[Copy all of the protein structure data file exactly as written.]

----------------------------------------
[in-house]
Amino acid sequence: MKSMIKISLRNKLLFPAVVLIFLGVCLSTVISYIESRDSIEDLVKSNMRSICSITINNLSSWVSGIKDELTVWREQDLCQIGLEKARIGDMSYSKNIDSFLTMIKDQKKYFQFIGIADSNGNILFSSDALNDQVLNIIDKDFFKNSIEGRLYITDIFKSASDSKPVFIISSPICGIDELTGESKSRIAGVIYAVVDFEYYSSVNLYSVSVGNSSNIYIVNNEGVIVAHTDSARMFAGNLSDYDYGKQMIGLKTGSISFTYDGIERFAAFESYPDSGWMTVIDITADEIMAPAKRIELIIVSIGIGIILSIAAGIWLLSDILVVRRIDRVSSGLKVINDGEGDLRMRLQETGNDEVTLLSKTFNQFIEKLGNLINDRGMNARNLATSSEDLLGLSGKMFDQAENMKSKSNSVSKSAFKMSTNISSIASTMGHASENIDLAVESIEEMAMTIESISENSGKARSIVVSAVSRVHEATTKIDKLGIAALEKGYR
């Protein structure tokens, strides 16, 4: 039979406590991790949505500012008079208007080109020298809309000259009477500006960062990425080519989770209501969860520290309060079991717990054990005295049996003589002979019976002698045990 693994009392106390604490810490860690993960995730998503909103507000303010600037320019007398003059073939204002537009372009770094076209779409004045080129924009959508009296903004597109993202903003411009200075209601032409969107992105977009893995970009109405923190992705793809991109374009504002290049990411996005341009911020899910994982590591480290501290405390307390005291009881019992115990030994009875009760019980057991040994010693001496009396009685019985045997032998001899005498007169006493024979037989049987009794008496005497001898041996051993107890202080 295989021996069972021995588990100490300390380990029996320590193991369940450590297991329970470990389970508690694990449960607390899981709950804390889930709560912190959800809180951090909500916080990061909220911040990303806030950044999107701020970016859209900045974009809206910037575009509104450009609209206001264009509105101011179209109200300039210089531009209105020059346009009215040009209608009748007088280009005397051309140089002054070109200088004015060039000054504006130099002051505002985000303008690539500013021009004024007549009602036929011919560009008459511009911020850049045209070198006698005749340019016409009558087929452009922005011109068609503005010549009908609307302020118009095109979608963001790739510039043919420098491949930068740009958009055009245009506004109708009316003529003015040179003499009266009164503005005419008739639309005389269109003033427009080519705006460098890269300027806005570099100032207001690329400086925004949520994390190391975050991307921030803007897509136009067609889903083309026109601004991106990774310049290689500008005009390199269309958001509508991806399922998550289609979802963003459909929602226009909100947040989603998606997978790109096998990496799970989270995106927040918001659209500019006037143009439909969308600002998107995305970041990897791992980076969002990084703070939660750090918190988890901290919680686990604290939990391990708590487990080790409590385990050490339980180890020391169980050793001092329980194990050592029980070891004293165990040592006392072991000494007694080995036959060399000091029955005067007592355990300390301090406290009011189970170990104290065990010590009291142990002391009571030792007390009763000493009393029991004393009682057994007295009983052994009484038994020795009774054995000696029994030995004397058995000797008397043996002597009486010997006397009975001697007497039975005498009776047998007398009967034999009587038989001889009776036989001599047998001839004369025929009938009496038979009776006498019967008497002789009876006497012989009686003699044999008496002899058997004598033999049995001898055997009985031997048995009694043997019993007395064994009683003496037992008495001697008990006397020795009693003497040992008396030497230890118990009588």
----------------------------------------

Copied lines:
[in-house]
Amino acid sequence: MKSMIKISLRNKLLFPAVVLIFLGVCLSTVISYIESRDSIEDLVKSNMRSICSITINNLSSWVSGIKDELTVWREQDLCQIGLEKARIGDMSYSKNIDSFLTMIKDQKKYFQFIGIADSNGNILFSSDALNDQVLNIIDKDFFKNSIEGRLYITDIFKSASDSKPVFIISSPICGIDELTGESKSRIAGVIYAVVDFEYYSSVNLYSVSVGNSSNIYIVNNEGVIVAHTDSARMFAGNLSDYDYGKQMIGLKTGSISFTYDGIERFAAFESYPDSGWMTVIDITADEIMAPAKRIELIIVSIGIGIILSIAAGIWLLSDILVVRRIDRVSSGLKVINDGEGDLRMRLQETGNDEVTLLSKTFNQFIEKLGNLINDRGMNARNLATSSEDLLGLSGKMFDQAENMKSKSNSVSKSAFKMSTNISSIASTMGHASENIDLAVESIEEMAMTIESISENSGKARSIVVSAVSRVHEATTKIDKLGIAALEKGYR
């Protein structure tokens, strides 16, 4: 039979406590991790949505500012008079208007080109020298809309000259009477500006960062990425080519989770209501969860520290309060079991717990054990005295049996003589002979019976002698045990 693994009392106390604490810490860690993960995730998503909103507000303010600037320019007398003059073939204002537009372009770094076209779409004045080129924009959508009296903004597109993202903003411009200075209601032409969107992105977009893995970009109405923190992705793809991109374009504002290049990411996005341009911020899910994982590591480290501290405390307390005291009881019992115990030994009875009760019980057991040994010693001496009396009685019985045997032998001899005498007169006493024979037989049987009794008496005497001898041996051993107890202080 295989021996069972021995588990100490300390380990029996320590193991369940450590297991329970470990389970508690694990449960607390899981709950804390889930709560912190959800809180951090909500916080990061909220911040990303806030950044999107701020970016859209900045974009809206910037575009509104450009609209206001264009509105101011179209109200300039210089531009209105020059346009009215040009209608009748007088280009005397051309140089002054070109200088004015060039000054504006130099002051505002985000303008690539500013021009004024007549009602036929011919560009008459511009911020850049045209070198006698005749340019016409009558087929452009922005011109068609503005010549009908609307302020118009095109979608963001790739510039043919420098491949930068740009958009055009245009506004109708009316003529003015040179003499009266009164503005005419008739639309005389269109003033427009080519705006460098890269300027806005570099100032207001690329400086925004949520994390190391975050991307921030803007897509136009067609889903083309026109601004991106990774310049290689500008005009390199269309958001509508991806399922998550289609979802963003459909929602226009909100947040989603998606997978790109096998990496799970989270995106927040918001659209500019006037143009439909969308600002998107995305970041990897791992980076969002990084703070939660750090918190988890901290919680686990604290939990391990708590487990080790409590385990050490339980180890020391169980050793001092329980194990050592029980070891004293165990040592006392072991000494007694080995036959060399000091029955005067007592355990300390301090406290009011189970170990104290065990010590009291142990002391009571030792007390009763000493009393029991004393009682057994007295009983052994009484038994020795009774054995000696029994030995004397058995000797008397043996002597009486010997006397009975001697007497039975005498009776047998007398009967034999009587038989001889009776036989001599047998001839004369025929009938009496038979009776006498019967008497002789009876006497012989009686003699044999008496002899058997004598033999049995001898055997009985031997048995009694043997019993007395064994009683003496037992008495001697008990006397020795009693003497040992008396030497230890118990009588």